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  16. Feminist Bioethics: Where We've Been, Where We're Going.Hilde Lindemann - 2007 - In Linda Alcoff & Eva Feder Kittay (eds.), The Blackwell Guide to Feminist Philosophy. Blackwell.
  17. In a Time of Dementia.Hilde Lindemann - 2010 - In Eva Feder Kittay & Licia Carlson (eds.), Cognitive Disability and its Challenge to Moral Philosophy. Wiley-Blackwell.
  18.  31
    Paper: Theoretical Resources for a Globalised Bioethics.Marian A. Verkerk & Hilde Lindemann - 2011 - Journal of Medical Ethics 37 (2):92-96.
    In an age of global capitalism, pandemics, far-flung biobanks, multinational drug trials and telemedicine it is impossible for bioethicists to ignore the global dimensions of their field. However, if they are to do good work on the issues that globalisation requires of them, they need theoretical resources that are up to the task. This paper identifies four distinct understandings of ‘globalised’ in the bioethics literature: a focus on global issues; an attempt to develop a universal ethical theory that can transcend (...)
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  19.  48
    The Romance of the Family.Lindemann Hilde & Nelson James Lindemann - 2008 - Hastings Center Report 38 (4):19-21.
    We should not always expect parents to put their children first.
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  20.  18
    When Stories Go Wrong.Hilde Lindemann - 2014 - Hastings Center Report 44 (s1):S28-S31.
  21.  3
    Miss Morals Speaks Out About Publishing.Hilde Lindemann - 2006 - Hypatia 21 (1):232-239.
  22. Epilogue: Naturalized Bioethics in Practice.Marian Verkerk & Hilde Lindemann - 2009 - In Hilde Lindemann, Marian Verkerk & Margaret Urban Walker (eds.), Naturalized Bioethics: Toward Responsible Knowing and Practice. Cambridge University Press.
     
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  23.  50
    Still Concerned.Alice Dreger, Ellen K. Feder & Hilde Lindemann - 2010 - American Journal of Bioethics 10 (9):46-48.
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  24.  25
    “… But I Could Never Have One”: The Abortion Intuition and Moral Luck.Hilde Lindemann - 2009 - Hypatia 24 (1):41 - 55.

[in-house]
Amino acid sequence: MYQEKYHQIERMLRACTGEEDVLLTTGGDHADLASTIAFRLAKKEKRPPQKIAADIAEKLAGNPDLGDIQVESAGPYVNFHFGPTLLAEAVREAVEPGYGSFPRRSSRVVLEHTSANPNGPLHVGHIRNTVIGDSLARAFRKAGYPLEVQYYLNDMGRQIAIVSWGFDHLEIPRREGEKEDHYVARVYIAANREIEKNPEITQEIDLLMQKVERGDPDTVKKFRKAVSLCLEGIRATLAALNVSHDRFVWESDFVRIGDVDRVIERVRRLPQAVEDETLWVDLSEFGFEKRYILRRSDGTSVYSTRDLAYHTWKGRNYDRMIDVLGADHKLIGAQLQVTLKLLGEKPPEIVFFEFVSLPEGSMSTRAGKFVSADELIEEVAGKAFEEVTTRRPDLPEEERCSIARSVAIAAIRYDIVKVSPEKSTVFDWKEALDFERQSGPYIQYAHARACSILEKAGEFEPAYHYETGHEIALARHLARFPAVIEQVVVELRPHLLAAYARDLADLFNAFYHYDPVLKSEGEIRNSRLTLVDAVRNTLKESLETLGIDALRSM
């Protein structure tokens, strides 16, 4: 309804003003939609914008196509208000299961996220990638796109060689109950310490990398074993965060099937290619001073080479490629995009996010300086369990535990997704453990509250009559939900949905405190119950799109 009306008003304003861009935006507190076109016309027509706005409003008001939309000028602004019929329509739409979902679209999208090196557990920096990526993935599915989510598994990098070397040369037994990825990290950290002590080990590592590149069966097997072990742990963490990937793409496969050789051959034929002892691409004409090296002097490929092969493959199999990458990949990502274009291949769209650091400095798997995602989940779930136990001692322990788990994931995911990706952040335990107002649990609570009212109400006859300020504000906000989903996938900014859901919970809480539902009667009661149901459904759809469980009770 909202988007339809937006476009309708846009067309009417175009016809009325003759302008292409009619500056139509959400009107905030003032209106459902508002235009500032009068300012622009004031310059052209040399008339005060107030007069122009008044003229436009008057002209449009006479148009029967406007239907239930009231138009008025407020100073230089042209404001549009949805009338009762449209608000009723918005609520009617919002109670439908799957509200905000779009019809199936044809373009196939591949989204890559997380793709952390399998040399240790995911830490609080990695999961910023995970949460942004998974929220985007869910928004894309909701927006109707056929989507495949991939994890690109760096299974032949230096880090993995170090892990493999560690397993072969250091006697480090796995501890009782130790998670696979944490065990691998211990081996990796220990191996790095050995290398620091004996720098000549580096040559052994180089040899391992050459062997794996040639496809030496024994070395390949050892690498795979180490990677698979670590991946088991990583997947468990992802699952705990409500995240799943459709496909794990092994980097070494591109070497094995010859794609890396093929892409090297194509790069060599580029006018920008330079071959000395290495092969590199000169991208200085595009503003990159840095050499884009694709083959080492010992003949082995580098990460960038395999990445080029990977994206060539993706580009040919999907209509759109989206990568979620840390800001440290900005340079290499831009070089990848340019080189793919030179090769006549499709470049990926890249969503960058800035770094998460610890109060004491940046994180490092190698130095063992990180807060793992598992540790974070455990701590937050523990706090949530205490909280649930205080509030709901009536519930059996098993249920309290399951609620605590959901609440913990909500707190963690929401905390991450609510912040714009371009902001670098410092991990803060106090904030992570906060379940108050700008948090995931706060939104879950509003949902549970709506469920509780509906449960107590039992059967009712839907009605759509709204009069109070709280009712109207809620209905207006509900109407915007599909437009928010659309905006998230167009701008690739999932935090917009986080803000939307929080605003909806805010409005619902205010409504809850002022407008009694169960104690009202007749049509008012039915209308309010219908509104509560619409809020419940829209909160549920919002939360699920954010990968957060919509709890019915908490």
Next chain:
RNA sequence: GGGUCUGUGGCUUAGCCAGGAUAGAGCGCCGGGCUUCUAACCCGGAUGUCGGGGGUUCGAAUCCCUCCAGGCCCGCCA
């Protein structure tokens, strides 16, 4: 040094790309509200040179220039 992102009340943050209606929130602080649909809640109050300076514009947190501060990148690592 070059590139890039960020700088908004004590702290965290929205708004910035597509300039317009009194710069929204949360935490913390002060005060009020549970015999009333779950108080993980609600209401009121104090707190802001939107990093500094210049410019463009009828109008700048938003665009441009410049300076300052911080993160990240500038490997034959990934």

Starting from the intuition, shared by many women, that the legal right to an abortion must be defended but that they themselves could never undergo one, I offer an account of why pregnancy is morally valuable and why, nevertheless, it is often permissible to end one. Developing the idea that human pregnancy centrally involves the activity of calling a fetus into personhood, I argue that the permissibility of stopping this activity hinges on the goodness or badness of one's moral luck.
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  25.  27
    The Groningen Protocol.Hilde Lindemann & Marian Verkerk - 2008 - Hastings Center Report 38 (1):42-51.
  26.  3
    Surgeon General’s Warning: Gender Is Bad for Your Health.Hilde Lindemann - 2019 - Hastings Center Report 49 (6):3-3.
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  27.  7
    “… But I Could Never Have One”: The Abortion Intuition and Moral Luck.Hilde Lindemann - 2009 - Hypatia 24 (1):41-55.
    Starting from the intuition, shared by many women, that the legal right to an abortion must be defended but that they themselves could never undergo one, I offer an account of why pregnancy is morally valuable and why, nevertheless, it is often permissible to end one. Developing the idea that human pregnancy centrally involves the activity of calling a fetus into personhood, I argue that the permissibility of stopping this activity hinges on the goodness or badness of one's moral luck.
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  28.  24
    Bioethics' Gender.Hilde Lindemann - 2006 - American Journal of Bioethics 6 (2):W15-W19.
    I argue that the field of bioethics is gendered feminine, but that the methods it uses to resist this gender identity pose real harm to actual women. Starting with an explanation of what I take ?gender? to be, I enumerate four drawbacks to being gendered feminine. I then argue that bioethics suffers from three of the same four drawbacks. I show how the field escapes the fourth disadvantage by adopting a masculine persona that inflicts damage on women, and conclude by (...)
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  29.  18
    The Intimate Responsibility of Surrogate Decision‐Making.Hilde Lindemann - 2018 - Hastings Center Report 48 (1):41-42.
    Daniel Brudney's clear-headed analysis, in this issue of the Hastings Center Report, of the difference between a patient's and a surrogate's right to make medical treatment decisions contributes to a longstanding conversation in bioethics. Brudney offers an epistemological and a moral argument for the patient's and the surrogate's right to decide. The epistemological argument is the same for both parties: the patient has a right to decide because she is presumed to know her own interests better than anyone else, and (...)
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  30.  5
    On the Mend: Alzheimer's and Family Caregiving.Hilde Lindemann - 2005 - Journal of Clinical Ethics 16 (4):314.